Until 1755 British people spoke of cacao, just like the rest of the world. So why did they change their pronunciation of this exquisite food? Was it really an ordinary typo? How popular was chocolate really in 1755? Its popularity was more widespread than you probably would expect even though no one had ever seen a chocolate bar yet. That would still take another hundred years. But chocolate as a hot drink was a well-known and exquisite delicacy among high society in the West.
Spanish Courting Cacao
It all started when Spanish traders brought the first official shipment of cacao beans from Veracruz to Sevilla in 1585. The beans had previously been introduced to the Spanish court when Dominican priests visited Prince Philip in Spain with a delegation of Mayan nobles from Alta Verapaz in Guatemala. Among the items that they brought with them was cacao. However, it was not until 1585 that cacao became a widely and steadily traded treat in Spain.
Spanish Cacao Recipes
The Spanish merely copied the recipe given to them by the Mayans. They roasted and ground the beans and then mixed this with chilis, some other spices, and hot water to create the first hot chocolate drinks in Europe. But the Spanish, known for their collective sweet tooth, added one new ingredient: sugar. This was also included in the very first recipe for a chocolate drink that was ever published. In 1644 Antonio Colmenero de Ledesma made the recipe accessible to a broader audience in his book, A Curious Treatise of the Nature and Quality of Chocolate. In addition to the sugar and the beans, the chocolate drink contained chilis, anise, vanilla, cinnamon, almonds or hazelnuts, annatto seeds, and something called “ear flower” (orejuela). As well as copying their recipes, the Spanish also directly copied the words for chocolate and cacao from the Aztecs and the Mayans.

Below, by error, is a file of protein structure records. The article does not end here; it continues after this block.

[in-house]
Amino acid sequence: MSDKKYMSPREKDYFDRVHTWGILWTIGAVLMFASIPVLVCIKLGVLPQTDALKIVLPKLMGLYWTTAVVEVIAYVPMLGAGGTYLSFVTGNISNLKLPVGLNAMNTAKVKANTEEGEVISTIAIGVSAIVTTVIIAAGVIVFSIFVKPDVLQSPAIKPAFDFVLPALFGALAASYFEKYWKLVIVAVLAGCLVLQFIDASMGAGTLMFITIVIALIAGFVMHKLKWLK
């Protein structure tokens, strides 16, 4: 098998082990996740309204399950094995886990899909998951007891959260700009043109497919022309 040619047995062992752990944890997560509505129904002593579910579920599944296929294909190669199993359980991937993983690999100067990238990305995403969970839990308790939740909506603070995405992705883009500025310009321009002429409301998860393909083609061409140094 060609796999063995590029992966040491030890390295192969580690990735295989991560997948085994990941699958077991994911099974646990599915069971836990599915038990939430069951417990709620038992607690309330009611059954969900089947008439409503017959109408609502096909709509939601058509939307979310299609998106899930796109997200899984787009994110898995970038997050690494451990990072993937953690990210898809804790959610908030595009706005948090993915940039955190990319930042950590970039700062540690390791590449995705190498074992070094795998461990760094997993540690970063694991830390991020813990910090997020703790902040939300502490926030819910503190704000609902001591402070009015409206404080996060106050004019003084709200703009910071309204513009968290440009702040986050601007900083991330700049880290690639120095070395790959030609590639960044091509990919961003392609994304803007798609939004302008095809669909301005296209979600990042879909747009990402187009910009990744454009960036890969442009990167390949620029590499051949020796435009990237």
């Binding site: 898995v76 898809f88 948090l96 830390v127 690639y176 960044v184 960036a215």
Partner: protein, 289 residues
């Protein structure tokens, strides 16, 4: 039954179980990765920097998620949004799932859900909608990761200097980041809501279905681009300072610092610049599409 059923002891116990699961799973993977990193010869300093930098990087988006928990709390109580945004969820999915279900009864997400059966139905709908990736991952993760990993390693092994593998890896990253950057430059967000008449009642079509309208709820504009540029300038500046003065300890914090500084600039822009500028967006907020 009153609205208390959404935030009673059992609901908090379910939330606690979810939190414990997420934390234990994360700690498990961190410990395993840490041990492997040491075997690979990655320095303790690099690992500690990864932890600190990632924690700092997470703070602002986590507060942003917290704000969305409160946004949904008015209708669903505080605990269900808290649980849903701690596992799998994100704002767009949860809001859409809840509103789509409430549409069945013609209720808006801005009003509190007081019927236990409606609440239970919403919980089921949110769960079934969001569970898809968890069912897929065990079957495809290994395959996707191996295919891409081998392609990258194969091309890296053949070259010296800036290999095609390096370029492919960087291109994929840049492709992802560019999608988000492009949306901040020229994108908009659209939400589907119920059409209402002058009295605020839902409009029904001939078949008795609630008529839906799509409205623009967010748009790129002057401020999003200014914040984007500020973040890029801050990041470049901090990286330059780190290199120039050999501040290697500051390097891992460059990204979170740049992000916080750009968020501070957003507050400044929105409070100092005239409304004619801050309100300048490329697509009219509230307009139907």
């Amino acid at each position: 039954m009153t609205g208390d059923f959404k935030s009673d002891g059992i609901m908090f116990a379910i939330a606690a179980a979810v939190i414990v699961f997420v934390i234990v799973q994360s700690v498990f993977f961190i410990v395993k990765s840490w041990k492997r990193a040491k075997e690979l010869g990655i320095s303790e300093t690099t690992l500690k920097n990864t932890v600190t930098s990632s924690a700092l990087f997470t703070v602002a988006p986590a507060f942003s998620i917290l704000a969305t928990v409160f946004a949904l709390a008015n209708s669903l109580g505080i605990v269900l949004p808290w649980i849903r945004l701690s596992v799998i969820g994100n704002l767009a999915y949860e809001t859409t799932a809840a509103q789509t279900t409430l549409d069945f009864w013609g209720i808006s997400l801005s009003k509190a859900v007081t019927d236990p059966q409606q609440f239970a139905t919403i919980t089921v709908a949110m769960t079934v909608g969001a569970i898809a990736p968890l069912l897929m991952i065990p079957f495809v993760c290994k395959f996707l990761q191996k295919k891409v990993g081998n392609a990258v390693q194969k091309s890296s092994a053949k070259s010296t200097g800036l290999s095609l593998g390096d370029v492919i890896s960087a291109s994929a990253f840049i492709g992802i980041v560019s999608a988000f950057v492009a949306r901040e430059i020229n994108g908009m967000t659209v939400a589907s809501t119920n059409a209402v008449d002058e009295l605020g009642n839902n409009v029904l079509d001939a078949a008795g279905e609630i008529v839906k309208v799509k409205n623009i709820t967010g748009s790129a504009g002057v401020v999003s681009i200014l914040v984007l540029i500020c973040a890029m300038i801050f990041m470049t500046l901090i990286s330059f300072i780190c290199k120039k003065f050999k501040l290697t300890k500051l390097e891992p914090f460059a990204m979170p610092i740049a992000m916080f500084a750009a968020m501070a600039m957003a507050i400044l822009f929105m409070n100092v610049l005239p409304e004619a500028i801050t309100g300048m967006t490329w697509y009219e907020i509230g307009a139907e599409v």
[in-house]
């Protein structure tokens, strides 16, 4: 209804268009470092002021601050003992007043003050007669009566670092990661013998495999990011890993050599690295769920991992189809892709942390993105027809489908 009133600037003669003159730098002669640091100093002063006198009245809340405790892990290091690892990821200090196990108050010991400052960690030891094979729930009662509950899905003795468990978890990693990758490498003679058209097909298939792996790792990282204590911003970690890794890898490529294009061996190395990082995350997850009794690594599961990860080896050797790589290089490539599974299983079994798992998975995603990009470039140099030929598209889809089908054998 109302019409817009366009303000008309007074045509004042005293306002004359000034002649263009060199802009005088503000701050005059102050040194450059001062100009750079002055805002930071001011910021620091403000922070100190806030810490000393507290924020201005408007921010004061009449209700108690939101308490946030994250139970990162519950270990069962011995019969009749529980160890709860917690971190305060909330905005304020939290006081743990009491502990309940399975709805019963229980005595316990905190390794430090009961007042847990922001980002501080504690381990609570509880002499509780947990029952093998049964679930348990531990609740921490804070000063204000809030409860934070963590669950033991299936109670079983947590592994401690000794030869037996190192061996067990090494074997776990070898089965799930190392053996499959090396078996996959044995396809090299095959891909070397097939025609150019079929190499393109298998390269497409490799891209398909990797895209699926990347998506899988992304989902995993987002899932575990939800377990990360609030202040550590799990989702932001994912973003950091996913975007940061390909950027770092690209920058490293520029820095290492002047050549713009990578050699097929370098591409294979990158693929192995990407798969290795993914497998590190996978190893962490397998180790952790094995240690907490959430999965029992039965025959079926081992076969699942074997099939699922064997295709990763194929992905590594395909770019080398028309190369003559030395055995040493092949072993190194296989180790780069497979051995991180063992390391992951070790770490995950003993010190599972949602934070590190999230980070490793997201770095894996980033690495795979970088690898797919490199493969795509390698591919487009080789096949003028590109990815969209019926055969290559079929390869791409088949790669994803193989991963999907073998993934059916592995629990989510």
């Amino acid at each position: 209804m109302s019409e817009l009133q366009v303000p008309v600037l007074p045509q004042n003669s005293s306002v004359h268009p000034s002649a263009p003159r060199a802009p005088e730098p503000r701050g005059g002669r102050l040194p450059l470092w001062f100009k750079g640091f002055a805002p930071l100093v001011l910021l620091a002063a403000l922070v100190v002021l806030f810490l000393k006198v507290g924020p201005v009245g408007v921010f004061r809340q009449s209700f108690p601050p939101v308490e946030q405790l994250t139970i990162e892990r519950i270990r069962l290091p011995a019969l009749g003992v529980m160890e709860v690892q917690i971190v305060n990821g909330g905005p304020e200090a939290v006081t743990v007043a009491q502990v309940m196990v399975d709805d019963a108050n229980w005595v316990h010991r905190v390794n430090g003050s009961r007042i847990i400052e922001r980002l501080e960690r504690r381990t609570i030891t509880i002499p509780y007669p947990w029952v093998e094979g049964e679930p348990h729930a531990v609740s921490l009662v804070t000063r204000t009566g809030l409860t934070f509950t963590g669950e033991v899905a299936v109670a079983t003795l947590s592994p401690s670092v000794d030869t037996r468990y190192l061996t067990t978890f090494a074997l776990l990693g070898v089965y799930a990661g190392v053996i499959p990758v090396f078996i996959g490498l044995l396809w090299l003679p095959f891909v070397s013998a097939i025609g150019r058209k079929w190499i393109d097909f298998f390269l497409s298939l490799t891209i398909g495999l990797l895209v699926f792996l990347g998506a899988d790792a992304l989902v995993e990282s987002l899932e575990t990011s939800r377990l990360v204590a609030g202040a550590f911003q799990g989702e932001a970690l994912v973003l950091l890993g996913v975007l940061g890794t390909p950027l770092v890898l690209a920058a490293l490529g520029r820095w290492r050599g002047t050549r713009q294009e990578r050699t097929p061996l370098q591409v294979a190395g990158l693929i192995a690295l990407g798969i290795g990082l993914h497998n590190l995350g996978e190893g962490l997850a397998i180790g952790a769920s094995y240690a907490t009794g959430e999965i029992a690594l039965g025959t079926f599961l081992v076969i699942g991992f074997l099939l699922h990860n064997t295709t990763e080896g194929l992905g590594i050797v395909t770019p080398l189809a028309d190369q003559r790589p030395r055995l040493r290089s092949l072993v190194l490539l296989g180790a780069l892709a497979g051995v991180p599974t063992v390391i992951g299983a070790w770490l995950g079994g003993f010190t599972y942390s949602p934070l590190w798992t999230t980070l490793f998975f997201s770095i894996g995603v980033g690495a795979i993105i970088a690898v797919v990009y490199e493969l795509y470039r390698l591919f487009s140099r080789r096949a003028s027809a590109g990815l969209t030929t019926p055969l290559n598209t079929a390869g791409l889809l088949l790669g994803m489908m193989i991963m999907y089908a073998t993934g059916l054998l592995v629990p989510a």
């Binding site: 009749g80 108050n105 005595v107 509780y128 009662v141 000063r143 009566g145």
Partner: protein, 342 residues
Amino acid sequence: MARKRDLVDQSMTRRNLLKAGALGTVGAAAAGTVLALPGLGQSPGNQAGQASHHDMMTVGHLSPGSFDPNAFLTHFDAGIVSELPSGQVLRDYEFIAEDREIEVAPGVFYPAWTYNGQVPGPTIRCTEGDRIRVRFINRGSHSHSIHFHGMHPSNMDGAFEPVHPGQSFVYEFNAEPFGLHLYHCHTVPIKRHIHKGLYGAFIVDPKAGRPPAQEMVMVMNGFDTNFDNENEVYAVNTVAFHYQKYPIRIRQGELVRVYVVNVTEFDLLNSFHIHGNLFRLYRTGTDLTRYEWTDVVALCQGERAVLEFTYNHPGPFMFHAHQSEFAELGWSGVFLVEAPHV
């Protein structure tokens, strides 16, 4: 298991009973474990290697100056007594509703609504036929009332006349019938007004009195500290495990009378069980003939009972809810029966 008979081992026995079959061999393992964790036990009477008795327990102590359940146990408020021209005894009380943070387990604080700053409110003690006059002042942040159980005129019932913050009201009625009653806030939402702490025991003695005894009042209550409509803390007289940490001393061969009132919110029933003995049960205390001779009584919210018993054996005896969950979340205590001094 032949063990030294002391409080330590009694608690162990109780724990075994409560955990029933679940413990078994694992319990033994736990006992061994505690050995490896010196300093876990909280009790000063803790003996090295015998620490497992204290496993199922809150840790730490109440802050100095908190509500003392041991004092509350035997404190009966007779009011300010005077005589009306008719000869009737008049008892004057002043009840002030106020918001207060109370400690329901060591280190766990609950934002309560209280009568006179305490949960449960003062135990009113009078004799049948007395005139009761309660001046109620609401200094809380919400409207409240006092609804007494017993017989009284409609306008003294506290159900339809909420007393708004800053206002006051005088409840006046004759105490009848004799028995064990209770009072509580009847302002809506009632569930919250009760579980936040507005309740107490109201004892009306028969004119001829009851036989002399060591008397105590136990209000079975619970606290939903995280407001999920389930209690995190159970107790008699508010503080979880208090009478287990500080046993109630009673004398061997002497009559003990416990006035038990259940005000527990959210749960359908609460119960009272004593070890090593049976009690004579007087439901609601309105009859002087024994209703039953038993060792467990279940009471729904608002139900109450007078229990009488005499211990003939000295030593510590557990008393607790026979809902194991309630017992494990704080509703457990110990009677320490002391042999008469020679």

According to many references, chocolate finds its origin in the Aztec word xocoatl. In the Nahuatl language (a group of languages from the Uto-Aztec language family), xocoatl was formerly pronounced as cacahuatl, a combination of cacahua (cacao) and atl (water). There is, however, a theory that the origin of the word “chocolate” is chikolatl (read the highly entertaining blog of Magnus Pharao Hansen).
The Ban on Chilis
Before we look back at 1755, when the British suddenly decided to stubbornly write cocoa instead of cacao, let me describe the world of 1755 and the world of cacao back then. Maybe the publication of Colmenero de Ledesma was first responsible for this, but in the following one hundred years, drinking hot chocolate became very popular among high society across Europe. Chocolate houses were popping up everywhere, just like coffee shops do now. The chilis, however, disappeared from the recipes. They were still mentioned in a published recipe in 1692 by the Frenchman M. St. Disdier, who listed hot water, cacao, sugar, cinnamon, vanilla, and a tiny bit of powdered cloves and chilis as the ingredients. But in the mid-1700s, chilis were removed from future recipes.
So what happened in 1755 to change cacao to cocoa? The word cacao was widespread across the whole of Europe as the fitting word of an essential ingredient of the immensely popular hot chocolate drink. As I mentioned previously, the word cacao was also more or less copied from the Mayan and Olmec languages in Meso-America. Many languages in that area have more or less the same pronunciation for cacao: kakawa (Mazahua, proto-Zoquean, Nahuatl), or kakaw (proto-Mixean, Sayula, Tseltal, K’iche, classic Mayan). So, in their chocolate houses and coffee houses, the whole of Europe pronounced it as cacao, not as cocoa.
Samuel Johnson’s Typo
It all changed when Samuel Johnson published his dictionary of the English language in 1755. In his notes, he maintained the distinction between the words cacao and coco and between the cacao tree and the coco palm. But by some editorial or printing error, the two words were combined and printed in the same dictionary as cocoa. And from that moment on, the British took the dictionary as the holy bible of the English language and based their pronunciation of the “food of gods” (as the Meso-Americans described the beans) on a mistake.
So next time you hear somebody saying cocoa stead of cacao, gently point out that their whole cocoa life has been based on a typo.